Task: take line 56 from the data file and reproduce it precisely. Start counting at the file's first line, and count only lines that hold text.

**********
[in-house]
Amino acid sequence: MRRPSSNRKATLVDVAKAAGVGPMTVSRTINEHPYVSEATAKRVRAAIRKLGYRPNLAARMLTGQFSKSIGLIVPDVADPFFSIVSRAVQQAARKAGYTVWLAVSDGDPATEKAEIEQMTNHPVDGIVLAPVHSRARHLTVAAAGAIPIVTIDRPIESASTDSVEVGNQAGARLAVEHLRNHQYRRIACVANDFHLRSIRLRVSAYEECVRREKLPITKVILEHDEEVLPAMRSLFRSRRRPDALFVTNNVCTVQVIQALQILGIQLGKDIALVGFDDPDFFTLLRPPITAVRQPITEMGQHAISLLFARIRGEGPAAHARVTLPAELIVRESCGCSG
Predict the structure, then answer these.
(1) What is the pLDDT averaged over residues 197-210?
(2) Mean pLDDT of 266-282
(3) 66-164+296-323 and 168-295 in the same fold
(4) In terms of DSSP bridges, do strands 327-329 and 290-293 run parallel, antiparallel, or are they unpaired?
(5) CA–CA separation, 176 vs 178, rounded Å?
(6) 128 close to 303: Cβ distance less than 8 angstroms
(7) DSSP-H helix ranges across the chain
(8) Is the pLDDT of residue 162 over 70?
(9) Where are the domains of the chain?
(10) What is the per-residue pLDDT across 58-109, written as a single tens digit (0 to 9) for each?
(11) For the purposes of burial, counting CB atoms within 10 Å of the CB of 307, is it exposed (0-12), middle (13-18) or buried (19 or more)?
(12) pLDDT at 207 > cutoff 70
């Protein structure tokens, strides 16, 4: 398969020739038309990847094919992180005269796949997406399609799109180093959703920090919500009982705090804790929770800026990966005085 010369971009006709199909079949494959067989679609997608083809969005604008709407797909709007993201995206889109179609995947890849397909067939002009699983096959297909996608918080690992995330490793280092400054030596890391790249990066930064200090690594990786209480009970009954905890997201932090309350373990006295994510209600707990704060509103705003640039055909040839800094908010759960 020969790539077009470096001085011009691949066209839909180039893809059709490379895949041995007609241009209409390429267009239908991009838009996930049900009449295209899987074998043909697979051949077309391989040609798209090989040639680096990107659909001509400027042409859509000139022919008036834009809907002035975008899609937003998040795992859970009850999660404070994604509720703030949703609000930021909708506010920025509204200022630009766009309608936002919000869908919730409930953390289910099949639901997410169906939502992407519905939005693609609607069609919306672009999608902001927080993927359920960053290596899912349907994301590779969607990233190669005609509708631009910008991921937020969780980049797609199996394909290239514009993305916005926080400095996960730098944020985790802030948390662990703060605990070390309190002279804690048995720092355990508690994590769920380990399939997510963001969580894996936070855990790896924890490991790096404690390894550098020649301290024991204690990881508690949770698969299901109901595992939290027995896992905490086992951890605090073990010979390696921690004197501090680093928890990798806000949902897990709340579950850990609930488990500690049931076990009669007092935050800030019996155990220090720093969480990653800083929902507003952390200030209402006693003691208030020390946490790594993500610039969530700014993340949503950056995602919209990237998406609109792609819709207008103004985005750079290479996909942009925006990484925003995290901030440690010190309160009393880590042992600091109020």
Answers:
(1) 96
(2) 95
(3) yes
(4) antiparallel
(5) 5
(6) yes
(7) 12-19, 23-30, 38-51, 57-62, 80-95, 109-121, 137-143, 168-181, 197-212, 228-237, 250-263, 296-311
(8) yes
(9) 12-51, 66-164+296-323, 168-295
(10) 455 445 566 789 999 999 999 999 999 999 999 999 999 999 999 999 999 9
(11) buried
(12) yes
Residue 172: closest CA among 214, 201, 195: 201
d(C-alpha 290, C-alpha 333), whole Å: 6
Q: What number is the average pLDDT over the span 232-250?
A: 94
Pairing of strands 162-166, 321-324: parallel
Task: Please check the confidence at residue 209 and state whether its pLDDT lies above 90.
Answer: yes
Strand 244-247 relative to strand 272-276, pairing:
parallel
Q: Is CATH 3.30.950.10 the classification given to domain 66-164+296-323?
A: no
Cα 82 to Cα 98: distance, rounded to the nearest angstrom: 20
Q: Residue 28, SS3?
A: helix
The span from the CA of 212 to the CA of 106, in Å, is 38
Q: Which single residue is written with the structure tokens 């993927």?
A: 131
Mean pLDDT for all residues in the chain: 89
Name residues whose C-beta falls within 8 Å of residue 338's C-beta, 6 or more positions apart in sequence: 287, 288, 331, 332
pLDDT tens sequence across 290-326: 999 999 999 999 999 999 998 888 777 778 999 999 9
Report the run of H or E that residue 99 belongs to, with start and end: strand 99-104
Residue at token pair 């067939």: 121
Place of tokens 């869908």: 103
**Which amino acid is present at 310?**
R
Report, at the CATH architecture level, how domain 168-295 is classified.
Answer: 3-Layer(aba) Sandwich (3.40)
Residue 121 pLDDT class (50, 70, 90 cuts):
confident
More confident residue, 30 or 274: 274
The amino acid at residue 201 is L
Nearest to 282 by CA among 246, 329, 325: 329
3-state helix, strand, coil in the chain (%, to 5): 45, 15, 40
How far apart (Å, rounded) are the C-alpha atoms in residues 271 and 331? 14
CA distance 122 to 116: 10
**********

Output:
Answer: 3-Layer(aba) Sandwich (3.40)